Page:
I thank you, Sir. 

Brig-Gen. Dr Chituwo (Mumbwa): Mr Speaker, are there regular meetings between the defence forces and security services of the two sides? Further, do they have plans to forestall such incidences?

Dr Simbyakula: Mr Speaker, we have what is known as the Provincial Joint Operations Committee (PJOC) as well as the District Joint Operations Committee (DJOC), which regularly discuss with our colleagues on the other side. We also have a facility known as the Permanent Joint Commission (PJC), and the hon. Minister of Foreign Affairs was assuring me a few minutes ago that he was in the process of contacting his Congolese counterpart to convene a PJC meeting at which issues of mutual interest between our two countries would be discussed and addressed.

I thank you, Sir.{mospagebreak}

Dr Kaingu (Mwandi): Mr Speaker, the killing of our people has become prevalent not only at that border you are mentioning, but also on Lake Mweru and Luapula River. It looks like the DRC finds it very easy to destroy life on our side of the border. I can almost predict that, before the end of this quarter, we will lose a life.

Hon. Government Member: Aah!

Dr Kaingu: I can almost predict that.

Mr Deputy Speaker: Order!

Hon. Member for Mwandi, your preface is too long. Ask your question.

Dr Kaingu: What measures, other than establishing a dry port, which is not enough because you cannot put one on Lake Mweru, are you going to effect to make the Government of the DRC realise that there is a Government on our side of the border, too?

Dr Simbyakula: Mr Speaker, as I indicated earlier in my statement, we have increased our police presence at Kasumbalesa by 200. We are also in discussions with the DRC Government. I must emphasise that we are not at war with the DRC. There are no hostilities at all. We would like to treat these incidences as isolated ones by criminal elements.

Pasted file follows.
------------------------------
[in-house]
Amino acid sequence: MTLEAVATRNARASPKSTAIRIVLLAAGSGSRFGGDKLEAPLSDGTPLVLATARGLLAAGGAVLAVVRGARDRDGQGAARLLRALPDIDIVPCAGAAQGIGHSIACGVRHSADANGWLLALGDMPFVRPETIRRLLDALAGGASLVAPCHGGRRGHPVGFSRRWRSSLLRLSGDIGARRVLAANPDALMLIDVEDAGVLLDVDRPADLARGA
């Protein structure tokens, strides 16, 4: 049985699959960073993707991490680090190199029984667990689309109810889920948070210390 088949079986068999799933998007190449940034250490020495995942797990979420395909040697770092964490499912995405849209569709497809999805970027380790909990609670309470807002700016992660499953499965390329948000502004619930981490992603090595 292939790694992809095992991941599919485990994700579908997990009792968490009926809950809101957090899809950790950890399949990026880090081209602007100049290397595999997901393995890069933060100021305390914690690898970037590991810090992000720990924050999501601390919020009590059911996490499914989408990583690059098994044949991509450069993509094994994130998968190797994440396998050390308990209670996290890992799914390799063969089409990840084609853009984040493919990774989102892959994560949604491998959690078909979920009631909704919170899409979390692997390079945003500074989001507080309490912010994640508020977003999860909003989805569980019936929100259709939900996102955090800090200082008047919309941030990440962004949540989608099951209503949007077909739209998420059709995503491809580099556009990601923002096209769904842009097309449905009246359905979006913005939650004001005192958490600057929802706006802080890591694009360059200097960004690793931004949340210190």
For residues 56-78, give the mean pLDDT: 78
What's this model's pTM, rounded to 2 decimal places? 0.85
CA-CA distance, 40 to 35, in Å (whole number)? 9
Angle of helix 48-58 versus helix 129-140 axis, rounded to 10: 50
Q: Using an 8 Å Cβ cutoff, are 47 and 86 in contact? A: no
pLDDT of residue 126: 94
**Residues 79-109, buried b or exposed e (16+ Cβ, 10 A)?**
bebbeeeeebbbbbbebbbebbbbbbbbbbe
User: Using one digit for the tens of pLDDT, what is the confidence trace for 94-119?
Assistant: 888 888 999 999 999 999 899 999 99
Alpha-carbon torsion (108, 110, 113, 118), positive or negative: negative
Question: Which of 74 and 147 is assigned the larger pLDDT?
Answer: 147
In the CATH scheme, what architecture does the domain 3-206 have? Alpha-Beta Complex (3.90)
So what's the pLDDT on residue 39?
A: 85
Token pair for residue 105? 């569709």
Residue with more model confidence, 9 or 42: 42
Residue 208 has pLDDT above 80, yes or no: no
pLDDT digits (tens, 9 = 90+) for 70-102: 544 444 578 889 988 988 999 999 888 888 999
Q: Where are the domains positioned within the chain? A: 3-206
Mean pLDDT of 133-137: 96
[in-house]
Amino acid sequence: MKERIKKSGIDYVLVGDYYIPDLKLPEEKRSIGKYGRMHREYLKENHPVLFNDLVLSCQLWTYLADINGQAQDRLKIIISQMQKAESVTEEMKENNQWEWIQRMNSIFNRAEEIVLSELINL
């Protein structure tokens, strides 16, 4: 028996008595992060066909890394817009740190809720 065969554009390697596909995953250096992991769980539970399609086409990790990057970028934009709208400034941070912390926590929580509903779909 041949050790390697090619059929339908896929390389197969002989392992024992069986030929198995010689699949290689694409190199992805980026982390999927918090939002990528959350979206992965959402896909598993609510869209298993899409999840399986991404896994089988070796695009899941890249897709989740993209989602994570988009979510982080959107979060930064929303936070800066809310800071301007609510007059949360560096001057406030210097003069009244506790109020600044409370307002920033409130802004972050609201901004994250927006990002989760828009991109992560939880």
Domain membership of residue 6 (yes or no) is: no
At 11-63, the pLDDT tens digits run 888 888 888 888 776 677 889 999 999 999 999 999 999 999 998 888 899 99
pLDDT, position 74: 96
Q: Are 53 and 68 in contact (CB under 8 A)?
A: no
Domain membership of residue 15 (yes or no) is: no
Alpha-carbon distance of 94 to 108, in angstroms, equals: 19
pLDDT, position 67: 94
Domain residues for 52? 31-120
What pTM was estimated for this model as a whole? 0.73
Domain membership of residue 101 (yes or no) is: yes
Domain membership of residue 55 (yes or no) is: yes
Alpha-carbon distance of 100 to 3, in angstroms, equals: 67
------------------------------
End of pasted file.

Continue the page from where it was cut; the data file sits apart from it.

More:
I thank you, Sir.

Mr Nkombo (Mazabuka Central): Mr Speaker, I want the hon. Minister to elaborate further …

Dr Kaingu: On a point of order, Sir.

Mr Deputy Speaker: A point of order is raised.

Dr Kaingu: Mr Speaker, I reluctantly raise this point of order.

Sir, is the hon. Minister being sincere when he says that the two incidences at Kasumbalesa are isolated when, just about the end of last year, we lost over thirteen people on Lake Mweru?

I need your serious ruling.

Mr Deputy Speaker: There is no serious ruling except, maybe, that the hon. Minister, as he answers the next question, might wish to respond to the point of order.

The hon. Member for Mazabuka Central may continue.

Mr Nkombo: Mr Speaker, the killing of the driver in the DRC and the events that followed are, to me, hostility at its highest level.

Dr Kaingu: Hear, hear!

Mr Nkombo: What practical steps, other than the statement that he has given us, is his Government and that of the DRC taking to circumvent what happened because just putting 200 soldiers or police officers on our side of the border, where there is no danger, is insufficient?

Dr Simbyakula: Mr Speaker, the Governor of Katanga Province assured us that his Government would reduce the number of checkpoints between Kasumbalesa and the DRC, and armed personnel at the checkpoints. As you know, because of the history of that country, there are too many guns in wrong hands. So, our drivers, not just from Zambia, but all SADC and COMESA countries, expressed a lot of apprehension at the existence of so many guns at checkpoints.

Mr Speaker, as regards the point of order raised by the hon. Member for Mwandi with respect to the security situation on Lake Mweru and Luapula River, I would like to say that our marines are being better equipped for them to be able to provide adequate security for our people.